Receiving feedback from therapists and seating specialists is an important part of evaluating and providing quantitative data to wheelchair manufacturers servicing less-resourced settings.
There is currently a pressing need for research to enable proper donations of wheelchairs to less resourced settings1. To appropriately serve a population of persons with disabilities in a given location, it is important to understand the specific needs of that population2. People living in less resourced settings have a different lifestyle than those residing in more developed countries, and different functionality and design of wheelchairs is needed3. The goal of our study is to compare two pediatric wheelchairs designed for less-resourced settings using questionnaire feedback from clinicians and seating specialists.
After working with each wheelchair a least one hour and being involved with fitting a child to that chair, seating specialists, technicians and therapists will complete a visual analogue scale questionnaire with questions on the following: design and manufacturing of 11 structural regions of the wheelchair and 7 additional questions on the likelihood of the wheelchair’s performance in various categories.
Preliminary data indicate the design and manufacturing of the Hope Haven wheelchair is rated higher than the APDK chair in eight regions of the chair and one performance aspect.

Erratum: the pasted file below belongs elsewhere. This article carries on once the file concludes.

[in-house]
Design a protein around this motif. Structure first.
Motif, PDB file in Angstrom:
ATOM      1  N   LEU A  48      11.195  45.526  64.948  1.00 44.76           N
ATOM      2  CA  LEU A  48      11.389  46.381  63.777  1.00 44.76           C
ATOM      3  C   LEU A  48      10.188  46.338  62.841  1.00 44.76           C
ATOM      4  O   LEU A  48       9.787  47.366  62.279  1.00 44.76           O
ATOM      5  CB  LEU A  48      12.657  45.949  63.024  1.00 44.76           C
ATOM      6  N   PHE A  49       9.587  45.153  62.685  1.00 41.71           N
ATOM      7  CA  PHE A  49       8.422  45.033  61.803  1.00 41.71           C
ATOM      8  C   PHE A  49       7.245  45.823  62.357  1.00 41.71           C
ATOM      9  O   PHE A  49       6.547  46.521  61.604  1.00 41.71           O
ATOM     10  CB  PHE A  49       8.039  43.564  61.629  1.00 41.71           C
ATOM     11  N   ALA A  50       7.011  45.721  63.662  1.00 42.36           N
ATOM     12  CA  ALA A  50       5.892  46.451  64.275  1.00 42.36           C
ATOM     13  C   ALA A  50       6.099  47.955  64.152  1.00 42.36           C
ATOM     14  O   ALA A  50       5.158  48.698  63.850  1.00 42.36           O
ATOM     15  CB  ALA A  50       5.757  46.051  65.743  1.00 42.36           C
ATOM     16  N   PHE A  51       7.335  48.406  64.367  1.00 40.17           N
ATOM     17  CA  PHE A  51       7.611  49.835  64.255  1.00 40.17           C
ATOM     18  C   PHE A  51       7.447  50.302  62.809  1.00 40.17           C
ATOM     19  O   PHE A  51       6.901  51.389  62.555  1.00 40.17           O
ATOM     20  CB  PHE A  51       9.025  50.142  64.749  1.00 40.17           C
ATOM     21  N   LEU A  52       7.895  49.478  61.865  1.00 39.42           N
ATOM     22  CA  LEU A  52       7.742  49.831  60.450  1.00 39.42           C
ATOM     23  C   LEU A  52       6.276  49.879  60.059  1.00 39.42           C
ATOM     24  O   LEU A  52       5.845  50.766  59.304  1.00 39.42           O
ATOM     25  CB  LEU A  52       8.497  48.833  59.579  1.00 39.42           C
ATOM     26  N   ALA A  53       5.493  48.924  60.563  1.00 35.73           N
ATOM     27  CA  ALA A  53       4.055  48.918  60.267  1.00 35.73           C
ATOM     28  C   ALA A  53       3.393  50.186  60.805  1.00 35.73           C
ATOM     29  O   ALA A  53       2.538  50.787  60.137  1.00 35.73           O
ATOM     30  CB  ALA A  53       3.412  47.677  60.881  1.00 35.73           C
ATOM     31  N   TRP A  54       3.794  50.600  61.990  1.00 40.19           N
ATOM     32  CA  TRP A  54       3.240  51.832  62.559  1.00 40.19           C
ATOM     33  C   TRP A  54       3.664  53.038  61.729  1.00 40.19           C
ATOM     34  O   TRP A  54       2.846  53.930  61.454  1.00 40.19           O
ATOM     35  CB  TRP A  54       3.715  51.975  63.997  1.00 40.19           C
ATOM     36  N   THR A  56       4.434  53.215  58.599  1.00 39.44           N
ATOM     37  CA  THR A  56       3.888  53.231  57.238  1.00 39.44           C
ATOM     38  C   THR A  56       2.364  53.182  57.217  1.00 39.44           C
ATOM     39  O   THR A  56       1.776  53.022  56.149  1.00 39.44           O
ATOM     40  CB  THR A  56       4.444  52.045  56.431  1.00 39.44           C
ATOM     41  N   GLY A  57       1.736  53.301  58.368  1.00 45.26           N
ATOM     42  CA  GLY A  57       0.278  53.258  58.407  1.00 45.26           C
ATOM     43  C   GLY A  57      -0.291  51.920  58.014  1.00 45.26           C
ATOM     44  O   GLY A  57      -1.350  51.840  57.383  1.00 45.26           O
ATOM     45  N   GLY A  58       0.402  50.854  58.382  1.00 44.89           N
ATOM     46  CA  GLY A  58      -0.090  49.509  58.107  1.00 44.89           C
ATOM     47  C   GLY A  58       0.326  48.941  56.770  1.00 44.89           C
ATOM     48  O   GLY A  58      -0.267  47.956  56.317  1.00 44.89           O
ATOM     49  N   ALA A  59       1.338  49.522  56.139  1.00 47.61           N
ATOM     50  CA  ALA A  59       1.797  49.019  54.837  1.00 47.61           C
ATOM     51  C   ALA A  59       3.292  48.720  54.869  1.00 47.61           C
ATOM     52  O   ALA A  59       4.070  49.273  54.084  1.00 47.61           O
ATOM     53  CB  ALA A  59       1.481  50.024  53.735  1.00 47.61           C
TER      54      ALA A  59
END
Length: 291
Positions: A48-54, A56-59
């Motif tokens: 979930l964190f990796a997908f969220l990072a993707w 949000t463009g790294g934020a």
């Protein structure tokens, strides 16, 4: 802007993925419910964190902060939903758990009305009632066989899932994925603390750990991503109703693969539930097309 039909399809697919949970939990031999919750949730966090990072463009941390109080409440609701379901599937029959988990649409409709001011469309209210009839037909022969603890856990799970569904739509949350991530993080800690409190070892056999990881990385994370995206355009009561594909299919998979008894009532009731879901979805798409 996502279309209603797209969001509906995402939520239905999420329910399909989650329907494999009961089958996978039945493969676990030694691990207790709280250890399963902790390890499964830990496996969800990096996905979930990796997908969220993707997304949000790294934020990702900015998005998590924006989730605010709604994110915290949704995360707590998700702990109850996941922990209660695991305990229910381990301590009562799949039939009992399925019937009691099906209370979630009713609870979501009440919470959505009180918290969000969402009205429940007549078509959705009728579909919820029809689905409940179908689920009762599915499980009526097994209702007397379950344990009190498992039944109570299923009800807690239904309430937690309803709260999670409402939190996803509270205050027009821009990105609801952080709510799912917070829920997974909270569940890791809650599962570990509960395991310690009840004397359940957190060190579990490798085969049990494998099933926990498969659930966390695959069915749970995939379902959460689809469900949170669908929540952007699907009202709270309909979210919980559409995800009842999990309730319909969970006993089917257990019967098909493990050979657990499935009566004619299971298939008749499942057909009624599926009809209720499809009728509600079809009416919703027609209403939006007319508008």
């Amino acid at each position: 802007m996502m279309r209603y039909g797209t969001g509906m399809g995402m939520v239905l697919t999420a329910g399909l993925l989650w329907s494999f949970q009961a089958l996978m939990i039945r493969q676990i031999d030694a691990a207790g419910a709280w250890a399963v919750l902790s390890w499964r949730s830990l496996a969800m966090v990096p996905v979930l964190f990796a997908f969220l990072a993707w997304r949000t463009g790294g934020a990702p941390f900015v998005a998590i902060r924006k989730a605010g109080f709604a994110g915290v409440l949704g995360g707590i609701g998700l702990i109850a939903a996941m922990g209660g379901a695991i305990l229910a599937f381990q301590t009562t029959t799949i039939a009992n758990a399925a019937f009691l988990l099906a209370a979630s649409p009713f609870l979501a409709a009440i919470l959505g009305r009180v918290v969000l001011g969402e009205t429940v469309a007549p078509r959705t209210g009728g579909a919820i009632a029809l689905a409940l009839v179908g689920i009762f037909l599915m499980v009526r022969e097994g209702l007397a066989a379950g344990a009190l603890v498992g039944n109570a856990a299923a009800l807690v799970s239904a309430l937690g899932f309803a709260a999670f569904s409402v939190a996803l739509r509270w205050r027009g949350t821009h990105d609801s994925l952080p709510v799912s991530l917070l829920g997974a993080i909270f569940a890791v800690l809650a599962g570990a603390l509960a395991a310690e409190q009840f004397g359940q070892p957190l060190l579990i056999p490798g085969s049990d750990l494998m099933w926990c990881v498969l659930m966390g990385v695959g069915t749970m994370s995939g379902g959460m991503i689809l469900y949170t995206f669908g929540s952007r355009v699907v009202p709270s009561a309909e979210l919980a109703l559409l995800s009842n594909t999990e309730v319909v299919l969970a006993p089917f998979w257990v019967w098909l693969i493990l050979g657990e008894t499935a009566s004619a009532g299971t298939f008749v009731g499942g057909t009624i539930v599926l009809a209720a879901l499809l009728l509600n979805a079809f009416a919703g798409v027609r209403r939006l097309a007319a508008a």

Our sample group of subjects is very small at this point. Additional data collection is planned in conjunction with a trip to Kenya to complete a long term field study of the two chairs. A parallel study with feedback on energy cost of rolling and Follow-up on wheelchair donations and their functionality is an essential part of helping persons with disabilities in less-resourced settings as well as manufacturers.
Huff, Kristen; Parra, Vanessa; and Rispin, Karen
"A Comparative Study of Two Pediatric Wheelchairs Based on Therapists' Feedback,"
International Journal of Exercise Science: Conference Proceedings:
4, Article 50.
Available at: http://digitalcommons.wku.edu/ijesab/vol2/iss4/50